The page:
In a shocking multibillion-dollar collapse, FTX, the third-largest cryptocurrency exchange in the world recently filed for bankruptcy protection, jolting the crypto market.
Founded by Sam Bankman-Fried, FTX evolved into one of the market's most popular cryptocurrency exchanges, becoming the third largest by volume in just three short years. FTX's mission to “develop a platform robust enough for professional trading firms and intuitive enough for first-time users” enticed millions of people, investment firms, and companies into losing billions of dollars overnight due to failed regulatory and compliance frameworks and unethical treasury management operations.
At its peak, the valuation of the company rested at $32 billion earlier this year. But after Binance recently backed out of a deal to acquire FTX, users withdrew around $6 billion in funds in a massive sell-off, causing a 72% drop in FTT’s price, the native crypto token of the FTX trading platform. This triggered all of FTX’s associated assets to drop.
The fall of FTX was not just in this sell-off, but aided by the company’s decision to lend billions of dollars worth of customer assets to sister company, Alameda Research, for trading. As Bankman-Fried's crypto hedge fund and sister company to FTX illegally utilized customers' funds without their knowledge for trading, the company also leveraged FTT as collateral for these trades.
When the token price drastically dropped and became virtually worthless, the collateral became insufficient to cover all trades. The inability of Alameda Research to repay its loans to FTX ultimately led to a major liquidity failure for the company accounting for unimaginable financial losses for associated trading firms, partnerships, and customers.
Amid concern surrounding the improper use of customers’ money, FTX is currently under investigation by the Bahamas Securities Commission, as well as the Department of Justice, and the Securities and Exchange Commission for violations of U.S. securities law.
Our Chief Compliance Officer, Luis Trujillo, weighs in on the pitfalls of regulation surrounding FTX and why a proper regulatory framework is critical for long-term resiliency, reliability, and security in the financial services industry.
Over the past months, we have seen several prominent firms in the cryptocurrency space file for bankruptcy and straight-up fail. They’ve failed the public, they’ve failed their investors, but most importantly, they’ve failed their customers. Three Arrows Capital / Terra (then Celsius), and now FTX — the one that I strongly expect will be the icing on the cake — and the one that I hope makes regulators in the U.S. and across the globe wake up.
In the meantime, other firms in the financial space should analyze and take the proper measures to ensure our firms, clients, and their customers are protected. So let’s begin the analysis.
What Do Each of These Cases Have in Common?
What happened at Celsius and FTX is similar from a concept perspective — they were lending the crypto funds that their customers would deposit and store to third parties that failed to repay the loans. When those third parties failed to pay back their loans, Celsius and FTX didn’t have crypto available to fund their clients' withdrawals. While their operations and specifics were quite different, they both encountered a liquidity shortfall that transpired due to unsafe and unsound practices internally within these firms.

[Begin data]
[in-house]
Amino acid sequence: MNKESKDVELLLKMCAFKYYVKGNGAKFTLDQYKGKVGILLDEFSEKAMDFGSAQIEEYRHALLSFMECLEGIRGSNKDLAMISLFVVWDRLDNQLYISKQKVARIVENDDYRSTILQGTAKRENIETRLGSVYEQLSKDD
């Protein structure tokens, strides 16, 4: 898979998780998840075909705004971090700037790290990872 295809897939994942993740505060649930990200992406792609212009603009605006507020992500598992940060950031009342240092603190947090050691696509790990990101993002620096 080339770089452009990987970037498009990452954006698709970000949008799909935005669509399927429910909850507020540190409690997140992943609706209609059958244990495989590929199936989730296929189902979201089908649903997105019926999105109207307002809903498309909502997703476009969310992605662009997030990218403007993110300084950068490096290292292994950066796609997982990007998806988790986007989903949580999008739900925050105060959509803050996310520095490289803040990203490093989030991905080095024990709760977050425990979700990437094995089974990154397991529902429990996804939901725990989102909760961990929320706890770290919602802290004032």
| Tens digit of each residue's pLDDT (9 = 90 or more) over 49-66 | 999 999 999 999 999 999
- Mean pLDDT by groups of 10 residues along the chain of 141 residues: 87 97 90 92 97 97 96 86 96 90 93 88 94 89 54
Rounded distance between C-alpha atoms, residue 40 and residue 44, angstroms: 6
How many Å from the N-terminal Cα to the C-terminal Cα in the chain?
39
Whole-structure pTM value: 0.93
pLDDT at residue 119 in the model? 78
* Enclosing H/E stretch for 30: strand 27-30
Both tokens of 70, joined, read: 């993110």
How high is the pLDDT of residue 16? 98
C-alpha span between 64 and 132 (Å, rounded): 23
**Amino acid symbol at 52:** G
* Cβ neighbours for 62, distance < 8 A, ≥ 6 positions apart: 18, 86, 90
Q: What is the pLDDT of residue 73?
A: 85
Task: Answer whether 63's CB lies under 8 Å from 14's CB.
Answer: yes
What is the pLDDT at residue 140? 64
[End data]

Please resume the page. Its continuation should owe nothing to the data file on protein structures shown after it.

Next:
Why Is This Happening?
The reason this is happening is simple. Poor decision-making, or unsafe and unsound practices. That’s the common theme across the board. A lack of an appropriate regulatory framework has fostered unsafe, unsound, and unethical practices at these crypto firms, which in turn gave them the opportunity to unsustainably thrive. What do I mean by this? Even if any of these companies were directly or indirectly regulated to some extent for their crypto offering or other underlying activities, the framework developed to supervise these firms and intermediaries supporting their operations was not sufficient.
In contrast, let’s look at U.S. chartered banks. They are limited on the ratio of funds they can lend off their balance sheet, and if these ratios are breached materially or regularly, the bank’s charter is at risk. On the other hand, no one was supervising what either Celsius or FTX were doing with the liquidity and treasury management of the crypto they were storing for their customers, giving these firms the freedom to uncontrollably lend crypto assets that they were holding for their customers to related and/or unrelated third parties without an appropriate control framework. Lending was done without regard for the consumers and companies that entrusted them with crypto assets. In each case, the business model failed due to a lack of controls and safeguards in place.
How Can This Be Avoided in the Future?
Being properly regulated and maintaining an internal control environment that enforces sound practices across an organization is key. Partnering with firms that hold the same values is equally important. When talking about dealing with the hard-earned money of your customers, these principles should be front and center and non-negotiable. Firms that are fully and independently regulated may have a rigorous due diligence process, but that is because their goal and responsibility is to provide long-term resiliency, reliability, and security. Working with partners that are not regulated or licensed brings risks that no one can afford.
Whether you’re a consumer deciding whether to try a new financial product or service, or whether your company is vetting a new embedded finance provider, do your homework and make sure the provider you are considering is regulated, licensed, and can provide you long term resiliency, reliability, and security. It matters. That's what we do at Alviere.